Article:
BBC Radio 4's Money Box was broadcast on Saturday, 20 November, 2004 at 1204 GMT.
The parliamentary ombudsman is independent of the government
The programme was repeated on Sunday, 21 November, at 2102 GMT.
The government's role in occupational pension losses is to be investigated by Parliamentary Ombudsman Ann Abraham.
The long-awaited announcement was made on Tuesday and brings hope to the 65,000 or so workers who have lost all or some of their pensions when their firms went bust or their schemes were wound up.
In complaints to the ombudsman, several key government departments have been accused of maladministration, including the Department for Work and Pensions and the Treasury.
The principle allegation is that successive governments misled people into believing their pensions were safe when they were not.
If the government is found guilty, it could face a bill of billions of pounds, which would be used to compensate those who have lost out.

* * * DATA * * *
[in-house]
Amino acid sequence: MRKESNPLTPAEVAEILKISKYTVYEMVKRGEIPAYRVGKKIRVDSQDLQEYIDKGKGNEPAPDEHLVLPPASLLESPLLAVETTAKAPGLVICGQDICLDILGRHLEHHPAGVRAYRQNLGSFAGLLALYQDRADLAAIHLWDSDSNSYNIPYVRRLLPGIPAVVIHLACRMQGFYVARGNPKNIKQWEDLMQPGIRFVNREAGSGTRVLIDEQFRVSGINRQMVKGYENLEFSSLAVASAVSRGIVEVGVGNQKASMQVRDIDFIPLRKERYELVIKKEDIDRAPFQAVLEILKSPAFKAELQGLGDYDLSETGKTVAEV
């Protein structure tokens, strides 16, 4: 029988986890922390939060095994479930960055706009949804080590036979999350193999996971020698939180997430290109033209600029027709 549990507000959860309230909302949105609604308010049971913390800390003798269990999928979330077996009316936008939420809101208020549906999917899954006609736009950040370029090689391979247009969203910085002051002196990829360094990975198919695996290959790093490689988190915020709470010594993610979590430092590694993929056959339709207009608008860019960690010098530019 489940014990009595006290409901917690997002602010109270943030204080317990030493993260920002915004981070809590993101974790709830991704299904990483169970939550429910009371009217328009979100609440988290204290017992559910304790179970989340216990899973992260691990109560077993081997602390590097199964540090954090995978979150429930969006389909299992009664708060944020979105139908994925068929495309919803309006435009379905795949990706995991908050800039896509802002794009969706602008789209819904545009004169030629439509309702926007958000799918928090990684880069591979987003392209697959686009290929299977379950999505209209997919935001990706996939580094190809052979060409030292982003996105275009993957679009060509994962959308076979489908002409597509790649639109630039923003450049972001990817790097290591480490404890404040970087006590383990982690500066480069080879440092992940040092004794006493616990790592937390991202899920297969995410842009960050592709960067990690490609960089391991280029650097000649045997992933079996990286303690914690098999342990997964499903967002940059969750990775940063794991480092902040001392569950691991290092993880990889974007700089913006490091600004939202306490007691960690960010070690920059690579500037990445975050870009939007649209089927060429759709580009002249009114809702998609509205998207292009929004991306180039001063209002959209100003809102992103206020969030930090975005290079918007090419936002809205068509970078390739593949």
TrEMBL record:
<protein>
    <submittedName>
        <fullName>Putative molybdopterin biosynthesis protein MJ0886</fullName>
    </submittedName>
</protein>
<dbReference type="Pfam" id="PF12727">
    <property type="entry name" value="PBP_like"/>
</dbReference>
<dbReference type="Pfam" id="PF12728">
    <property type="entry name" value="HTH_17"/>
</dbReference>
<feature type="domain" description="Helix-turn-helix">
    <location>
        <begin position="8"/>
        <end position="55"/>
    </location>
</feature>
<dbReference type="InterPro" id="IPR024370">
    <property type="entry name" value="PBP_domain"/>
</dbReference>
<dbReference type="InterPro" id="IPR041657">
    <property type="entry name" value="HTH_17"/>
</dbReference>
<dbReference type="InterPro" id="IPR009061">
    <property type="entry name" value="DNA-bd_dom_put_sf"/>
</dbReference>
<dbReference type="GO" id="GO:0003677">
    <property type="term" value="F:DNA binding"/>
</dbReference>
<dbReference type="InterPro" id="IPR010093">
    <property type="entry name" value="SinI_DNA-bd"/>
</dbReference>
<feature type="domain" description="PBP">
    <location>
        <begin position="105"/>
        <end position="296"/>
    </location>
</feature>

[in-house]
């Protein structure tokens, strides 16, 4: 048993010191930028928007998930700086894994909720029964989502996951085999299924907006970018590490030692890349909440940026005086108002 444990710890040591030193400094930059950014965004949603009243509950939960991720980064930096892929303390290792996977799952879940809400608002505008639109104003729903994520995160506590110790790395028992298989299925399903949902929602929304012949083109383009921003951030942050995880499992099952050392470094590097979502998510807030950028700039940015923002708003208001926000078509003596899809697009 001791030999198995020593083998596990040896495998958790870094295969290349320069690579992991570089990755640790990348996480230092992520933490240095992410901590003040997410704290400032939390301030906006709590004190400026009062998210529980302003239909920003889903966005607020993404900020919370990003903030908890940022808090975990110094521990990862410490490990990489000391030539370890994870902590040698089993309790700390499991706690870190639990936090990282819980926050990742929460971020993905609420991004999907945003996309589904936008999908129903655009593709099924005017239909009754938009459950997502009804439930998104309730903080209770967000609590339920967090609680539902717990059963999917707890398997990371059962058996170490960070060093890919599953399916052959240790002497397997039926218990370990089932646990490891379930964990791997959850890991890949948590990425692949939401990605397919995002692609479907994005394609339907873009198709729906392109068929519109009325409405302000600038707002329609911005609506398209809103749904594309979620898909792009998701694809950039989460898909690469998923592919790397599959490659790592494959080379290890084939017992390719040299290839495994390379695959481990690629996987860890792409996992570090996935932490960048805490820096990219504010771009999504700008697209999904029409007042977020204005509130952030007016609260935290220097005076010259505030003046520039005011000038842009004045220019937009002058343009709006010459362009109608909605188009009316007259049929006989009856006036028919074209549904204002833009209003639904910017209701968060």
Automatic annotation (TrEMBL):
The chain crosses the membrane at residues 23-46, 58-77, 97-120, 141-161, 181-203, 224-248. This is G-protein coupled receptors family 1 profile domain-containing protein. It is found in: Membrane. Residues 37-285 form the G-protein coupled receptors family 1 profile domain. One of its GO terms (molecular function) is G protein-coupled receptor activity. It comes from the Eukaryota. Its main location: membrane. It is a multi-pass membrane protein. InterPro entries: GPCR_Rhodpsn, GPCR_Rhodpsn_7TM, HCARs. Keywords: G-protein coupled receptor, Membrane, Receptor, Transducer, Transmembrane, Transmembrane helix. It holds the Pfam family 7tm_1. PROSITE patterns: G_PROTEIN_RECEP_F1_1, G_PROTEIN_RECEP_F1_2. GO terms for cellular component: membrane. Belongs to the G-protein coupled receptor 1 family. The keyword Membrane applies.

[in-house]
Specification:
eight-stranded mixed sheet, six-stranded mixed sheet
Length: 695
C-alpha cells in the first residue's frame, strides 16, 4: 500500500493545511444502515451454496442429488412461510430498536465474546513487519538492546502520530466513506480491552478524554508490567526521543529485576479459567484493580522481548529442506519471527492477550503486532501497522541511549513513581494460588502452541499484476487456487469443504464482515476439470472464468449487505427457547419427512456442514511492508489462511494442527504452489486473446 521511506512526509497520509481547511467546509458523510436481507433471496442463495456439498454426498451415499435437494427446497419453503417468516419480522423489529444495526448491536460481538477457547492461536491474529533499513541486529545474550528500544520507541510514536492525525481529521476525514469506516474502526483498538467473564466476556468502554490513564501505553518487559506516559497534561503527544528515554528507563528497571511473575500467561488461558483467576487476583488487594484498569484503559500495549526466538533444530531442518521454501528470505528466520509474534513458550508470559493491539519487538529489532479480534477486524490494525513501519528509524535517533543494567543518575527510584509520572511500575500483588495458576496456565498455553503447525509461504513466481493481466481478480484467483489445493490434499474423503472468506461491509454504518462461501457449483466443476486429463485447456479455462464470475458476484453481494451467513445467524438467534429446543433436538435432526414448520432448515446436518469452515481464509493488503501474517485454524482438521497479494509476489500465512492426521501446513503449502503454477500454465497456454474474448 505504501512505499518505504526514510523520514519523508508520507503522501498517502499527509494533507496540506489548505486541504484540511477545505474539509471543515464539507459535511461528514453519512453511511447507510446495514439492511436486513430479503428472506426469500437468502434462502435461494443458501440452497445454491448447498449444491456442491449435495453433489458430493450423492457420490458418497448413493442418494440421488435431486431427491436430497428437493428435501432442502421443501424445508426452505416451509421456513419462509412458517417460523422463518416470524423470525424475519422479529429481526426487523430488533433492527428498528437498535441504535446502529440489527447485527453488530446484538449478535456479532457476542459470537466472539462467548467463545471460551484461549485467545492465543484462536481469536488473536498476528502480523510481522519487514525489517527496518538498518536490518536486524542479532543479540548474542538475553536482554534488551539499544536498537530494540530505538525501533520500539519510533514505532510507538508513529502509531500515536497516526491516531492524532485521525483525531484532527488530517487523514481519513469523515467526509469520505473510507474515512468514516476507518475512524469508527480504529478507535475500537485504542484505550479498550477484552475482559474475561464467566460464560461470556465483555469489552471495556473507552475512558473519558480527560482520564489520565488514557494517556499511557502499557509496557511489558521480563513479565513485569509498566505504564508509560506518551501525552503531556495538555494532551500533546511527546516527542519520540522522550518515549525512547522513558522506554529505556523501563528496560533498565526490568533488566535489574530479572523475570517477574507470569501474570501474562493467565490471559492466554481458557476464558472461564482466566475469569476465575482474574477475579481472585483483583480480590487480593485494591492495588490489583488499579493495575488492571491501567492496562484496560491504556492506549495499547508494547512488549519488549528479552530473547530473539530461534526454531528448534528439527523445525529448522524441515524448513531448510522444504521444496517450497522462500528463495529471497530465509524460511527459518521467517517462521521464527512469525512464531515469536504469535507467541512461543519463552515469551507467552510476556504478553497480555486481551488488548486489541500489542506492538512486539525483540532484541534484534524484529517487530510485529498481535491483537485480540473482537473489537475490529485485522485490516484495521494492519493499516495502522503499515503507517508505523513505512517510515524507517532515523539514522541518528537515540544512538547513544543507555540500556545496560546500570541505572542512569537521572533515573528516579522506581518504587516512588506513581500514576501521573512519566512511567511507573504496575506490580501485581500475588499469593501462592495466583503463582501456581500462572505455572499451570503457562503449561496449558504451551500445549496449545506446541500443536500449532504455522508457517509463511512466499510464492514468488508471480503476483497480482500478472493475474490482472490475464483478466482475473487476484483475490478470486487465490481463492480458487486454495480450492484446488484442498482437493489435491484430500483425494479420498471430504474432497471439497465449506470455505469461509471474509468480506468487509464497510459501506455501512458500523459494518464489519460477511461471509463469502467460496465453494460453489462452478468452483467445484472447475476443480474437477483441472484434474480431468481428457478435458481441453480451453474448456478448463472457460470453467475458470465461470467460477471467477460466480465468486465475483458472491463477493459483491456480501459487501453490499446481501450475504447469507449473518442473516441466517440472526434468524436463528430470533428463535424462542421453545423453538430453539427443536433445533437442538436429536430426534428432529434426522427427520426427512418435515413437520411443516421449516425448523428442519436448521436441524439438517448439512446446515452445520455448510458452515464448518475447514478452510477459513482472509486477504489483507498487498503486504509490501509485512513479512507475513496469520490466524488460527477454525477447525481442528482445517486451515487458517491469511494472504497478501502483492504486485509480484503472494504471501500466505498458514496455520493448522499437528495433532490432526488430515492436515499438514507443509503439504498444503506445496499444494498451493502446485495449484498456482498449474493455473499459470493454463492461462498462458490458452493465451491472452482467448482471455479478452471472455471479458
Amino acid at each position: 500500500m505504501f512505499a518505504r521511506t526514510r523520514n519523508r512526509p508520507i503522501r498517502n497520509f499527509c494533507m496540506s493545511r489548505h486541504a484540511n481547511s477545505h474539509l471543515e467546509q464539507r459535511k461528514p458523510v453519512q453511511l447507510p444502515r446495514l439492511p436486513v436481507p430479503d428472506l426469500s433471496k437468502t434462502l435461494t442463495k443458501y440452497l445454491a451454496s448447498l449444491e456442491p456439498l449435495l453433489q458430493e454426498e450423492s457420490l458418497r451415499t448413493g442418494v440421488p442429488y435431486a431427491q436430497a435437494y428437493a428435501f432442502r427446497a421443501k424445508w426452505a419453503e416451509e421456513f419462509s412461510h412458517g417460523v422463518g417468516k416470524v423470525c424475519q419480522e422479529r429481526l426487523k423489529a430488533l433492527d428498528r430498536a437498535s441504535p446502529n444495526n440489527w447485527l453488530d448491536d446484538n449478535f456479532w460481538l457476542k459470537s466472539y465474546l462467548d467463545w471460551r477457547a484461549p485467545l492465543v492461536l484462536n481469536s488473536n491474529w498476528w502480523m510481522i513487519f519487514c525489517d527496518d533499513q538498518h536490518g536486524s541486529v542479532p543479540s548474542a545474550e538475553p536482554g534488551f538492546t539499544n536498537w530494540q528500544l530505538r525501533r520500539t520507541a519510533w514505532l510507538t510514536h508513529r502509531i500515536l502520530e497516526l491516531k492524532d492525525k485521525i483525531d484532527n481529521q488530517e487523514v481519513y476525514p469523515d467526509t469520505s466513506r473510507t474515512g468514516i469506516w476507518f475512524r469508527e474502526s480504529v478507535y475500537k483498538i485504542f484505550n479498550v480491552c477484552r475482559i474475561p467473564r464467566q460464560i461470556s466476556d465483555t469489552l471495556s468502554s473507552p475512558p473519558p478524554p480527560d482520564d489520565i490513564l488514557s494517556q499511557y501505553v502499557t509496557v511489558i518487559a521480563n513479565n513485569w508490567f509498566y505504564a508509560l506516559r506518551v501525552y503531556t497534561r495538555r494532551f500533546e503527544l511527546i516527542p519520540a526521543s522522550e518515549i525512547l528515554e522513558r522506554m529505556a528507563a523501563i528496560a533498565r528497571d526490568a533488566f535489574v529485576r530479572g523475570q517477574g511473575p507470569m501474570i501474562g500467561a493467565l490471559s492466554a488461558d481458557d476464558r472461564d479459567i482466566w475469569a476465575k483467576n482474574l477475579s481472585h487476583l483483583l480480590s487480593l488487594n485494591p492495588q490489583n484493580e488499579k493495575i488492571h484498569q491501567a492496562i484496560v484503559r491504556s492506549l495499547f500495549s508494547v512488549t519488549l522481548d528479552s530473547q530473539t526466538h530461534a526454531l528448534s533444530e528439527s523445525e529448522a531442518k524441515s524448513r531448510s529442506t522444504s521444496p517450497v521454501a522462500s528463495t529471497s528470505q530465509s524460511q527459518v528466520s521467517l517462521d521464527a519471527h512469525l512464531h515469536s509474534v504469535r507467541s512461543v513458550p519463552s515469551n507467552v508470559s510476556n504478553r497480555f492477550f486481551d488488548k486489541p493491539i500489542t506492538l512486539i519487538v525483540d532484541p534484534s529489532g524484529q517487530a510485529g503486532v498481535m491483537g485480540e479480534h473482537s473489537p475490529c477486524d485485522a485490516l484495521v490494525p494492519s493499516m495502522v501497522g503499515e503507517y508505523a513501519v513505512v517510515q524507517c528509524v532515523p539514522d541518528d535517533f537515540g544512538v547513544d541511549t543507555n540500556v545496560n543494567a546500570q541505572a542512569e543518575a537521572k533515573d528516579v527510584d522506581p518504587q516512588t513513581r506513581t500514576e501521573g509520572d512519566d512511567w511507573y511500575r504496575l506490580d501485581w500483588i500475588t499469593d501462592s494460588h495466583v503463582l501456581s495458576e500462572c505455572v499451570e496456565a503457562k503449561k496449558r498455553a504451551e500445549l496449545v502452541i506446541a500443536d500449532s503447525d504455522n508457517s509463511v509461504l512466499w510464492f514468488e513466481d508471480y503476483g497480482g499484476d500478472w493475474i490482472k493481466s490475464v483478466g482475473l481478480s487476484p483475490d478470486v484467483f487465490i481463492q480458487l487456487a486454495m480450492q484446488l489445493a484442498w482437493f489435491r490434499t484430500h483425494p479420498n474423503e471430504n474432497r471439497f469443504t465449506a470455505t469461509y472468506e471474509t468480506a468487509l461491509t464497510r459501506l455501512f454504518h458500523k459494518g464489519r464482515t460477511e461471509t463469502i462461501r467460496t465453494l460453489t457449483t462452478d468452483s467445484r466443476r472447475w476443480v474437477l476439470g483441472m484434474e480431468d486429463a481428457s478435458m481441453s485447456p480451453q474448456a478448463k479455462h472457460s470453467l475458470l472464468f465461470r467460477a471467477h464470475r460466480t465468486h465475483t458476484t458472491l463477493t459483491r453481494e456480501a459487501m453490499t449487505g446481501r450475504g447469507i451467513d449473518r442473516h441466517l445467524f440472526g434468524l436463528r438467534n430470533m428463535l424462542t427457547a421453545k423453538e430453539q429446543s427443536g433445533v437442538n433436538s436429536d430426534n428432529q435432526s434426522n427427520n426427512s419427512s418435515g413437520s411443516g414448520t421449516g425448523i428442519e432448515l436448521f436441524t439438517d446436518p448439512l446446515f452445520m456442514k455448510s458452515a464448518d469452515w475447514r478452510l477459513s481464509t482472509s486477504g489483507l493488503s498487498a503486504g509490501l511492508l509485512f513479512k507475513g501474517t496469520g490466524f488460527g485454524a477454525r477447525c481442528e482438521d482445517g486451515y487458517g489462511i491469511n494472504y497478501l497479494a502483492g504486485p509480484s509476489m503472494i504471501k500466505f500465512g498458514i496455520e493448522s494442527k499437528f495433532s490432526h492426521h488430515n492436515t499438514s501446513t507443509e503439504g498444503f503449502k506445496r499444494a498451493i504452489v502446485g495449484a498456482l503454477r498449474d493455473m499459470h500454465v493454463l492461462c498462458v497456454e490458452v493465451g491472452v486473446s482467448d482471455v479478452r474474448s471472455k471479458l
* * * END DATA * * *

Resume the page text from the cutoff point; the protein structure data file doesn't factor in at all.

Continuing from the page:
Alan Marnes paid more than £36,000 into his scheme during his working life but now he will get no pension at all. He told Money box why he complained to the ombudsman.
And just this week, three thousand more workers - from electronics company APW and bus and coach maker Henly's - learned the pensions they had been promised will not be paid.
Melvin Trotter from Henly's described the effect this has had on affected workers.
And pensions consultant Ros Altmann - who submitted detailed evidence of maladministration to the ombudsman for consideration - gave Paul Lewis her reaction to the news.
Producer: Chris A'Court
Presenter: Paul Lewis
Reporter: Louise Greenwood
Web Producer: Nathalie Knowles